So it's not making electricity. It's just charged particles coming from the Sun.


The Parrot Killer

Debunked in my sig. - tmiddles

Google keeps track of paranoid talk and i'm not on their list. I've been evaluated and certified. - keepit

nuclear powered ships do not require nuclear fuel. - Swan

While it is true that fossils do not burn it is also true that fossil fuels burn very well - Swan
03-04-2022 19:58
IBdaMannProfile picture★★★★★
(14387)
Spongy Iris wrote:I am waiting for IBM's reply..

Sometimes you have to wait in line like everyone else.

ANSWER: the sun's particles are just particles. They don't make electricity. They have kinetic energy but they are not a voltage.
03-04-2022 20:00
Spongy IrisProfile picture★★★★☆
(1643)
Yes, it is possible to create electromagnetic waves using magnets. No, it is not possible to create magnetic waves without an electric field being present.

Electric fields and magnetic fields are not separate entities. They are really facets of one unified entity: the electromagnetic field.


03-04-2022 20:09
IBdaMannProfile picture★★★★★
(14387)
Spongy Iris wrote:Yes, it is possible to create electromagnetic waves using magnets.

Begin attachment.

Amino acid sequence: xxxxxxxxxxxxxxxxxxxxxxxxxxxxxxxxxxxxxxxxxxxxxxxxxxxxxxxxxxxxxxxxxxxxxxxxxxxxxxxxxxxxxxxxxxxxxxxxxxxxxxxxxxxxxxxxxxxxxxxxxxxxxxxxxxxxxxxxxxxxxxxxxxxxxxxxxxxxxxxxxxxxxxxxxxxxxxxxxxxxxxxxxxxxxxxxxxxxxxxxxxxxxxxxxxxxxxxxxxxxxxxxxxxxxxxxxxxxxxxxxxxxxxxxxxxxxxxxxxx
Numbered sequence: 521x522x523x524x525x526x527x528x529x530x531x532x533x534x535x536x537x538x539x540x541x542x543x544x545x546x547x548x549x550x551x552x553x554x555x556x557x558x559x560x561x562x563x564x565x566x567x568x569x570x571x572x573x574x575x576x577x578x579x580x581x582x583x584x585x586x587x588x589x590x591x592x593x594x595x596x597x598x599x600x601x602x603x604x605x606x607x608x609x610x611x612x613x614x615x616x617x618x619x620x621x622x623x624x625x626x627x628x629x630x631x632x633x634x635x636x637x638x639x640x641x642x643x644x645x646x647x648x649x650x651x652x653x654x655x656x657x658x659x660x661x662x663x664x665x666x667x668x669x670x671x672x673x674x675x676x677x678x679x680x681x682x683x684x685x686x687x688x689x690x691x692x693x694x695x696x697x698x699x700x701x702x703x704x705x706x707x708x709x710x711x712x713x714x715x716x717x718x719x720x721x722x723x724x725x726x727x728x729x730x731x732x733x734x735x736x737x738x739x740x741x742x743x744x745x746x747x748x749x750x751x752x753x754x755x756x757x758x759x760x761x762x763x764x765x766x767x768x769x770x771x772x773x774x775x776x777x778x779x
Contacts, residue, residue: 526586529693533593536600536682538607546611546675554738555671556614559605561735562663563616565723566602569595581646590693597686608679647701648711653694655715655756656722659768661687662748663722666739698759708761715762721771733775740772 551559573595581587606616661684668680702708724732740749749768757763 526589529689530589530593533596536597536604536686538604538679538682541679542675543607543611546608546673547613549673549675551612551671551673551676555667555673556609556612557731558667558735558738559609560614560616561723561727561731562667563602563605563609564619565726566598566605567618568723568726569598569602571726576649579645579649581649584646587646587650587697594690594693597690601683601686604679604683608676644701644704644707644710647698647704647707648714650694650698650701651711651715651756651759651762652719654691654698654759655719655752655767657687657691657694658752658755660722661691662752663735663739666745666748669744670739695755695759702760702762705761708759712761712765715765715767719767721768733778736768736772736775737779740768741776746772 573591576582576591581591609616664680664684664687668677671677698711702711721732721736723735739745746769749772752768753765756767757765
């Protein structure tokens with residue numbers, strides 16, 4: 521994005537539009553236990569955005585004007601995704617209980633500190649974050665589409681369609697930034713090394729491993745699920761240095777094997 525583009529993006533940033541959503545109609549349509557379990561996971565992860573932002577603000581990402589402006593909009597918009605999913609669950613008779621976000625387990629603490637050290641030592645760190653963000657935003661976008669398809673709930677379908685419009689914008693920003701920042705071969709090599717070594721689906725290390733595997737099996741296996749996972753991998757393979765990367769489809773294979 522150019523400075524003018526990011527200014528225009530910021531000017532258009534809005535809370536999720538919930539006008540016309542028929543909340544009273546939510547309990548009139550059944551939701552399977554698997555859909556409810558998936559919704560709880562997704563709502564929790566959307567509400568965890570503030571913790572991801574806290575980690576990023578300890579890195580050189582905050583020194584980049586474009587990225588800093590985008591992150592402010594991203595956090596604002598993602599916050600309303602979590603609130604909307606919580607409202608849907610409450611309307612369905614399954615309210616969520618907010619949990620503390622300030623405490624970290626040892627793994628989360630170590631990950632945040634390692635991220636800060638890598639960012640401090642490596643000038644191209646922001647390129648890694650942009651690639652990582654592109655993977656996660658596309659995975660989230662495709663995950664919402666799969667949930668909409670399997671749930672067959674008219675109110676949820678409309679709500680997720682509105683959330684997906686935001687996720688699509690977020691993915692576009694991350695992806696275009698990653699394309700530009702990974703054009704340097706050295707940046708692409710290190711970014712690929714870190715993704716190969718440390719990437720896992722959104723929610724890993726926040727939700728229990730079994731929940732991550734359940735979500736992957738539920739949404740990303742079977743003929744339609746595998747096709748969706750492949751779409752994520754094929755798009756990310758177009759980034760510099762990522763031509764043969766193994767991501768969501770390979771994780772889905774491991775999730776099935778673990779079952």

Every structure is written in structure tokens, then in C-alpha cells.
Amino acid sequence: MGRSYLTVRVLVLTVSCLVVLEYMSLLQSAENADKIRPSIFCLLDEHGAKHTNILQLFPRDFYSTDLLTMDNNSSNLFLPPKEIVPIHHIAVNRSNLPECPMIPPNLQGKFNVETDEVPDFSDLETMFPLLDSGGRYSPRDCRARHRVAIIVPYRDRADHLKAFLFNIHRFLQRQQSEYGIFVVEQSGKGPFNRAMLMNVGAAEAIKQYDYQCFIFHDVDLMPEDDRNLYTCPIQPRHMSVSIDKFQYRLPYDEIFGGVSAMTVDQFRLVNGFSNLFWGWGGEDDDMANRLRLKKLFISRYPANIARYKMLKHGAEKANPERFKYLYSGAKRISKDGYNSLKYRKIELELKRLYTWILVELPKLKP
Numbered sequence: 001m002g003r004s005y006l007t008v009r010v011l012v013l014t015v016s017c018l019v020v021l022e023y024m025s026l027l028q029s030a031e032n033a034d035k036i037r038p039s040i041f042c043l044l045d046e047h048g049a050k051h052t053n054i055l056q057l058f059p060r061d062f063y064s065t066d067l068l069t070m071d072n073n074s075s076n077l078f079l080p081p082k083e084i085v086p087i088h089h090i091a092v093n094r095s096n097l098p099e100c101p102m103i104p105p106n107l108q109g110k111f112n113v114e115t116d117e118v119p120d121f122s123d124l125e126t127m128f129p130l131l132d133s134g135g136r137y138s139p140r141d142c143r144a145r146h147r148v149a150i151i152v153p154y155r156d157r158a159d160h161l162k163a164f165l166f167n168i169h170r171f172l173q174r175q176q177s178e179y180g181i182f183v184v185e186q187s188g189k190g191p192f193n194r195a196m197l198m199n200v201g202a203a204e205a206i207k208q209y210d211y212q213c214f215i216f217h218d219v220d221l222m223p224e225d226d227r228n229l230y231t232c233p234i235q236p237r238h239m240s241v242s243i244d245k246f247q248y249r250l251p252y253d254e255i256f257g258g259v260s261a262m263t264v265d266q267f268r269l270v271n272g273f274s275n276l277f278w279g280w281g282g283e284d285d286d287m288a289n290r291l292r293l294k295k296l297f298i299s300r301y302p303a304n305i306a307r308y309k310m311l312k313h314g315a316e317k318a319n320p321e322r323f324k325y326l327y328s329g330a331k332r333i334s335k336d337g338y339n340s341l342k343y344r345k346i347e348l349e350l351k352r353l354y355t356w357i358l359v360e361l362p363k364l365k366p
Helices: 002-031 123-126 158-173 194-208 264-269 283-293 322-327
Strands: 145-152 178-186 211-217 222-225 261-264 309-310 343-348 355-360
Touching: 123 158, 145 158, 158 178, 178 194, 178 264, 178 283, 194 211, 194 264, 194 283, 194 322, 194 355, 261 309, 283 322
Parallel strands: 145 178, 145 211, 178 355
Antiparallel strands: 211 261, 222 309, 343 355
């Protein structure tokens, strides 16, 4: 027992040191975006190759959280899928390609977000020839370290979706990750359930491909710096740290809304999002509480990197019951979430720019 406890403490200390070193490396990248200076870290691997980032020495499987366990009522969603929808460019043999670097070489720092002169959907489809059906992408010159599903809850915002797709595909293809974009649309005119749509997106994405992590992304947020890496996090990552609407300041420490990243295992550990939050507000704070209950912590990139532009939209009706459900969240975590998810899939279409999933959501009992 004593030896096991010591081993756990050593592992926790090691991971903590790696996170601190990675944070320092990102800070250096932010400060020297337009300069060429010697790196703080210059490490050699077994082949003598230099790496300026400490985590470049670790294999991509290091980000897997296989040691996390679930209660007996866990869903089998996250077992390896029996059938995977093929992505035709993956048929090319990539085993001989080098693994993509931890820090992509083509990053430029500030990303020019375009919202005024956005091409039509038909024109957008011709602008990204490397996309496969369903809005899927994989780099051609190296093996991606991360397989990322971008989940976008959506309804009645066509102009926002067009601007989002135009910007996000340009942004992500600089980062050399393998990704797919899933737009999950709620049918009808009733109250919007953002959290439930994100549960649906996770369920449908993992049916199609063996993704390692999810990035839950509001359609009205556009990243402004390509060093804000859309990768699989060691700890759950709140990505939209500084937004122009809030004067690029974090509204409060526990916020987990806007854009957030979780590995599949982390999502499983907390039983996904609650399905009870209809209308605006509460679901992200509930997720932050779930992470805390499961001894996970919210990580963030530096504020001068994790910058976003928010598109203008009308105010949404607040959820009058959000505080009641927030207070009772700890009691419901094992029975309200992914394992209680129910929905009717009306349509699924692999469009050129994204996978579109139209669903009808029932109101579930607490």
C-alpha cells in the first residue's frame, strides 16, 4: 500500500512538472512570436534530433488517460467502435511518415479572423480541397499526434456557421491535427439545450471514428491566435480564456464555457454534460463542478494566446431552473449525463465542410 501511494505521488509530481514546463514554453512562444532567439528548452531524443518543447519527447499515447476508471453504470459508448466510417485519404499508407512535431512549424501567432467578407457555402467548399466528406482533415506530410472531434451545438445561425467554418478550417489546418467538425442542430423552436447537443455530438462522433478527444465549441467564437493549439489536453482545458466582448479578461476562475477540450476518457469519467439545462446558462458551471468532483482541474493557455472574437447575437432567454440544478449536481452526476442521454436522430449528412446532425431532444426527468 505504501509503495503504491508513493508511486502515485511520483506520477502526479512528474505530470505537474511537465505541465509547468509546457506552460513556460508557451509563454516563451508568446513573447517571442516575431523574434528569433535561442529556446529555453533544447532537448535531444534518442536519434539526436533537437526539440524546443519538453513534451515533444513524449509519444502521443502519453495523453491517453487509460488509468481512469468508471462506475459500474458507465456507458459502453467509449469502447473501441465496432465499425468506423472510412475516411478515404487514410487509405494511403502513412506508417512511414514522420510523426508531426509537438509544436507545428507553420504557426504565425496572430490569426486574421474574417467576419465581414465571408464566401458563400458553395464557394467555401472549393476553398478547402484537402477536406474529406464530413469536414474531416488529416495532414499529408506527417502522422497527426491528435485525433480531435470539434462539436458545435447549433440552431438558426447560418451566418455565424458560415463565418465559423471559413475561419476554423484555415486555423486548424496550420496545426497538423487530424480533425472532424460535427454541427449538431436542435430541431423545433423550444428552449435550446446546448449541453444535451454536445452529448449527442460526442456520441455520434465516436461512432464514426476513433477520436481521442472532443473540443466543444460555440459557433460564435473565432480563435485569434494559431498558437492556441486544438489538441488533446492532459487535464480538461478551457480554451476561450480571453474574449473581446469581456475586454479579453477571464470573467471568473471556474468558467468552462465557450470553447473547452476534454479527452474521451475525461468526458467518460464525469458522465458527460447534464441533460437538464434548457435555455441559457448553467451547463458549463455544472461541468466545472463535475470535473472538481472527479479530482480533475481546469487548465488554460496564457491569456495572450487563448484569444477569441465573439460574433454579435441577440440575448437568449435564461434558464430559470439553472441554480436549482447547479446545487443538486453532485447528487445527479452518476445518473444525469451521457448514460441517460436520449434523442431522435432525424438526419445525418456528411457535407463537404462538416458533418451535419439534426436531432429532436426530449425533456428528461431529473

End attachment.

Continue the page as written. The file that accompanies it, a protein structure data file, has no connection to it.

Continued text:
You say that as though I have said otherwise.

Magnets can be used to create electricity.

Spongy Iris wrote:No, it is not possible to create magnetic waves without an electric field being present.

What electric field are you claiming neodymium has?
RE: Ion Selective Field Effect Transistors (ISFETs).03-04-2022 20:53
sealover
★★★★☆
(1236)
Ion Selective Field Effect Transistors (ISFETS)

Electric fields can be used in chemistry as a proxy in chemical analysis.

Ion selective field effect transistors (ISFETS) are inexpensive and relatively accurate.

They are similar to ion selective probes (e.g. pH meters) in that an ion selective membrane is wrapped around a transistor.

Only the ions that can pass through the membrane will interact with the electric field sensed by the transistor.